EU sanctions aimed at ‘imposing economic pain’ on Russia following the MH17 crash will hit the UK economy, Foreign Secretary Philip Hammond has warned, saying ‘you can't make an omelette without breaking eggs’.
The package of sanctions include an arms embargo, a ban on the sale of bonds and equities in European capital markets by state-owned Russian banks and a ban on the sale of dual use and sensitive technology. Eight Russian officials also face asset freezes and travel bans.
Hammond said the measures had been “designed to maximize the impact on Russia and minimize the impact on EU economies.”
“It will affect our economy... but you can't make an omelet without breaking eggs, and if we want to impose economic pain on Russia in order to try to encourage it to behave properly in eastern Ukraine and to give access to the crash site, then we have to be prepared to take these measures,” he told Sky.
“We have spent a lot of time making sure the package is balanced so the pain is fairly shared across the big EU economies, but we can't expect to be able to do this without any impact at all on our own economies."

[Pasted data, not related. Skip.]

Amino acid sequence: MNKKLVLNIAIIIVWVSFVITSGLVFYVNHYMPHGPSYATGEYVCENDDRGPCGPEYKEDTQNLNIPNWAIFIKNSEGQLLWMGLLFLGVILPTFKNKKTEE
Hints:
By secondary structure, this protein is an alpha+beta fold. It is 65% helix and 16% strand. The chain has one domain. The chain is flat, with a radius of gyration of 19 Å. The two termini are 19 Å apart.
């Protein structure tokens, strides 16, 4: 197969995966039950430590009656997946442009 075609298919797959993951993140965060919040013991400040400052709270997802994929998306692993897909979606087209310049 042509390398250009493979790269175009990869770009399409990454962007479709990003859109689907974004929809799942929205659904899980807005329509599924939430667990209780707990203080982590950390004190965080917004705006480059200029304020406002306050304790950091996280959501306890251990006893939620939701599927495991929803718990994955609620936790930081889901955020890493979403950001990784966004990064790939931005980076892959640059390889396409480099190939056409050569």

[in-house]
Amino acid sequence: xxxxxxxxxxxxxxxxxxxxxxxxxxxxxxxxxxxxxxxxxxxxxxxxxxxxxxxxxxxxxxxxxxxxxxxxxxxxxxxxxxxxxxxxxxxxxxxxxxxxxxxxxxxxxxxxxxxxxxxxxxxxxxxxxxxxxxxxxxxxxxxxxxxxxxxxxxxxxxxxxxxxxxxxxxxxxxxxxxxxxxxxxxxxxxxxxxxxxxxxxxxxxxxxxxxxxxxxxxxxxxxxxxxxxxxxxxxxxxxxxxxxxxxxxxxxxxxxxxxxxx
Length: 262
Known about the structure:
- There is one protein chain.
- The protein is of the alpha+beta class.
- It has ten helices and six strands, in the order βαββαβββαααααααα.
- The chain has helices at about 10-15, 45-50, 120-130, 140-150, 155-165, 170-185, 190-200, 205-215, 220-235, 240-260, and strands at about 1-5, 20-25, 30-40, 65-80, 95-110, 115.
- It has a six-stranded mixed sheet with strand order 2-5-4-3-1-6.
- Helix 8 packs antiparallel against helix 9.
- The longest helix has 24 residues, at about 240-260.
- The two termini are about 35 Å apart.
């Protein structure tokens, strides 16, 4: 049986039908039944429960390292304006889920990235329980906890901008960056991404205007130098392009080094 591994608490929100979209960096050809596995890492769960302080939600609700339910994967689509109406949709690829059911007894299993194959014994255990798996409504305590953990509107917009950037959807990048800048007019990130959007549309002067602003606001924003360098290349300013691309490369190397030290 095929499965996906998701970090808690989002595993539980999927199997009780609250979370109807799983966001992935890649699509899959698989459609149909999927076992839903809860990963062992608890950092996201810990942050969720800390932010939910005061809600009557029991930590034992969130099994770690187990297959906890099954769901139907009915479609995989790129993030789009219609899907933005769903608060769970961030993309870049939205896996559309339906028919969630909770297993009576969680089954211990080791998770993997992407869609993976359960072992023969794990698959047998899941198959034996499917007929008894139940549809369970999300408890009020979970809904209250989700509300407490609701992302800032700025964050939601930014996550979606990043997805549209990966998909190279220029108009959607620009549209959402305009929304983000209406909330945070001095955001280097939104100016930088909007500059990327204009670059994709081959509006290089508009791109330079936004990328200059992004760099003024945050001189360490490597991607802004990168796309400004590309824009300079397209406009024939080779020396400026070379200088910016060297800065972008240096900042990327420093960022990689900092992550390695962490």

On Wednesday, The Russian Foreign Ministry criticized the new package of EU sanctions, saying
it was disappointed Europe was unable to act independently form
Washington in the International arena.
“We feel ashamed for the European Union who, after long searching for a unified voice is now speaking with Washington’s voice, having practically abandoned basic European values, including the presumption of innocence,” the Foreign Ministry said in a statement.
The EU’s adoption of new anti-Russian sanctions on July 29 demonstrates its lack of political will in general, as well as a lack of determination to resolve the Ukrainian crisis, the Ministry added.
Meanwhile, London will be hit hardest among the EU powers because of its intimate financial relationship with Moscow. Ripples will be felt in the City of London – the heart of the world’s financial centre.
Between 2004 and 2008, Russia’s top two lenders raised $16.4 billion in floats – the process of changing a private company into a public company by issuing shares and calling on the public to buy them. A ban on such financing would cost London hundreds of millions of pounds, the Times reports.
London has more than 50 companies that have operations in Russia on its $3.6 billion Stock Exchange. Russian companies often choose London for their initial public offerings, and borrow debt from London-based banks.
Russia’s ambassador to Britain, Alexander Yakovenko, said expanding sanctions to major banks in Moscow will have a contagion effect on London and the world economy.
Yakovenko said more sanctions “will trigger a long anticipated endgame of the present global crisis,” and called them “illegal, unreasonable and counter-productive."